I'd like to see the whole fictional flag de-cluttered. Unless (officially) proposed flags (then not fictional anymore) or things like the Middle-Earth-Flag - delete. Actually, when in doubt delete. IMHO the description / uploader of the flag has to provide enough information that there is an educational use. It shouldn't be the job of a user to determine if the flag is real or fiction or whatisthatthingscratchhead. I say let's try to add that to our book of rules and de-clutter this area. --Hedwig in Washington (mail?) 13:44, 31 March 2014 (UTC)
OK, thanks for those replys here! I did not write that explicitly, but for me it was always clears that my DRs do not extend to "fictional flags of notable fictional entities" like the Middle Earth flags, "fictional flags of non-fictional entities designend by relevant people" like that File:Fictional flag of Hatay.svg that appeared in Indiana Jones movie, or "flag proposals by notable persons like Whitney Smith", or even "flag proposals designend by non-notable people who took part in flag contests". This issue covers in fact only these private flag designs of some uploaders here. @Avenue: Flags proposals like the New Zealand one are OK, as long they are also used outside the WP context. A flag proposal by the famous artist Friedensreich Hundertwasser is course notable/in scope, but not the one designed only be that WP uploader (although this is one of the less aggravating examples, because here there might me many other similar proposals in real life - this is a great difference between drawing a "Flag of the New Zealand minister of the interior", which does not exist in reality). Controversial variants like that old azerbaijan issue should stay here, as WP has to illustrate that controversy. What is RfC? I'm not familiar with many procedures on Commons... @Hedwig: In fact, to provide enough information that there is an educational use seems to be impossible for such images...--Antemister (talk) 09:03, 2 April 2014 (UTC)

An RfC is a "Request for Comment" its a tool to further transparency so that the community doesn't feel like things are being discussed and decided behind its back ( see Commons:Requests for comment) So far the comments here are sensible and well considered, and although I am more an inclusionist by nature, I would be happy to work within the consensus so far formed. Added links to this discussion at Category:Special or fictional flags and on the village pump, to open up participation.--KTo288 (talk) 10:10, 11 April 2014 (UTC)

Antemister -- A sub-page of your personal user page is really not the best place to discuss this issue, and your apparent action of inviting here a selective group of those who already basically agree with you (and no one else) is rather unfortunate. Thanks to KTo288 for attempting to partially correct some of these faux pas on your part, but I really don't know how "official" any conversation conducted on a sub-page of your personal user page can be considered.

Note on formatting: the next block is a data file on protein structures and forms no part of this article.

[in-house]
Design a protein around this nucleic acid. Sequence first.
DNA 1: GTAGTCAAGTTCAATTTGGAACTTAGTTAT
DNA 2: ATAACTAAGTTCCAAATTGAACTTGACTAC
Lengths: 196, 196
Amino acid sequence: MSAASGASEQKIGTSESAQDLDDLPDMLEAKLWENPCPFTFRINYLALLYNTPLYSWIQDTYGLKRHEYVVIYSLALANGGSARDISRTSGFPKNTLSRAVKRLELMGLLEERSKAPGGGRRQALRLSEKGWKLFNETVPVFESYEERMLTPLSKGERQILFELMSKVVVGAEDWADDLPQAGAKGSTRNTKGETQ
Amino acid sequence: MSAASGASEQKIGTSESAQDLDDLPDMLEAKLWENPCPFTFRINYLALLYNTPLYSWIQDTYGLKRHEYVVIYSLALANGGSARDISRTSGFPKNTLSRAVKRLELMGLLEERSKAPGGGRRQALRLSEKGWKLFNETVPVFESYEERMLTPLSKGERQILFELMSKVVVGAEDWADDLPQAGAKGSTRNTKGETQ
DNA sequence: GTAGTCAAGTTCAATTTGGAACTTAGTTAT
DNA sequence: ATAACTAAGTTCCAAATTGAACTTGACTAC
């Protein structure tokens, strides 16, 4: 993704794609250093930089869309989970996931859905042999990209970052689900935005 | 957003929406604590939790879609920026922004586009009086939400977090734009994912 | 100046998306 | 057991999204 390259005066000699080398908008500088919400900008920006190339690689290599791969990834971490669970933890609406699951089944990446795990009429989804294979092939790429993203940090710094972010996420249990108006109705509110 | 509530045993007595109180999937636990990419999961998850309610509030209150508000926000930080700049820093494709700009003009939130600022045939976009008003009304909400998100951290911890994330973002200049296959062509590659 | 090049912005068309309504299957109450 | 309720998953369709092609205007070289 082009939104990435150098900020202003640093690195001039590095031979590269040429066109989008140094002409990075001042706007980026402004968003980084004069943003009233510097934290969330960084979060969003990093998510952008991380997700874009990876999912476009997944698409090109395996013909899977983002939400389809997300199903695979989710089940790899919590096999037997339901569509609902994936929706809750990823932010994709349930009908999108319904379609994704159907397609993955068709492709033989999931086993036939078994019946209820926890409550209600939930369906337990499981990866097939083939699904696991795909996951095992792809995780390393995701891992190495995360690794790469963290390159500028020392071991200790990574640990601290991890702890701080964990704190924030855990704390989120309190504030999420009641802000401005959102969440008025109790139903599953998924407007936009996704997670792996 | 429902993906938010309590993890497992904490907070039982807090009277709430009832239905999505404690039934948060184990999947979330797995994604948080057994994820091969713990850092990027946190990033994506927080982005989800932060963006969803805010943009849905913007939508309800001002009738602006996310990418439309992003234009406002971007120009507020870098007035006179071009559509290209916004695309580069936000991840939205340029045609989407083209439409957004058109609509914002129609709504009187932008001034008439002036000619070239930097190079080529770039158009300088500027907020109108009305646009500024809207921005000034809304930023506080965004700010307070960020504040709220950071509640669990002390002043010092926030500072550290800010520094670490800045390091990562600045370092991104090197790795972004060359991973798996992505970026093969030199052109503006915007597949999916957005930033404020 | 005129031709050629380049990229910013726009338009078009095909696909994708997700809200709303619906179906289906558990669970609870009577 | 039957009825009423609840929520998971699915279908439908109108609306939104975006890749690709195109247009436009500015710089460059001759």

In any case, as you've already been repeatedly told many times in many places, there are many hundreds of "special or fictional" or personally proposed flag and coat-of-arms images on Commons, and it's been a long-standing practice or de facto quasi-policy for many years that such "special or fictional" emblem images are not usually deleted just for being "special or fictional", unless there's also some additional aggravating factor (such as being hoaxing or hatemongering etc.). Your usual response has been just to adopt an ostrich head-in-sand approach and brazenly deny that this long-standing practice or de facto quasi-policy exists (which does nothing to conciliate the people who know from personal experience that it does in fact exist), accompanied by pedantic bureaucratic technicalisms derived from the literal wording of Commons policies. To be convincing, and persuade the broader Commons community to do things differently than it has been doing things for some time, you're really going to have to go beyond all that stale rhetoric this time (though as I said, I'm not sure how a conversation conducted on a sub-page of your user talk page can have any standing or authority). AnonMoos (talk) 15:26, 11 April 2014 (UTC)
@AnonMoos: I was not invited here, nor am I anyone’s “wiki-friend”: I happened on the link while talk-page stalking and thought I’d put in my two cents’ worth, heraldry and vexillology being among my interests. I’m not cognizant of the question‘s previous history, and assumed this to be a ‘sounding out‘ exercise. I certainly wouldn’t regard anything said here as having authority or being actionable, which would require making some kind of formal proposal to the community at large—nor do I see any comments above to the contrary.
Regarding the format, it’s a more common practice to write a discussion-starting proposal or position-statement on the subpage proper, using its Talk page for discussion, but people can generally organize their user-space as they wish.—Odysseus1479 (talk) 01:12, 12 April 2014 (UTC)
Odysseus1479 -- I have no reason to doubt the purity of your motives. However, unfortunately the same cannot be said of User:Antemister. He seems to have the expectation that this will set some kind of binding precedent (despite being conducted on a sub-page of his user talkpage), and his apparent choice to invite some of those who agree with him -- but none of those whom he has exceedingly good reason to know have plenty to say on the other side (such as Fry1989 and myself) -- is very unfortunate, and has already started the discussion off on the wrong foot... AnonMoos (talk) 01:44, 12 April 2014 (UTC)
Of course, this discussion is only a starting point and a new general policy is still far away. Shall I move that page?--Antemister (talk) 11:58, 12 April 2014 (UTC)
I'd suggest you do. Maybe you could start the discussion more neutral? :) Don't forget to remove the RFC template afterwards.--Hedwig in Washington (mail?) 18:11, 12 April 2014 (UTC)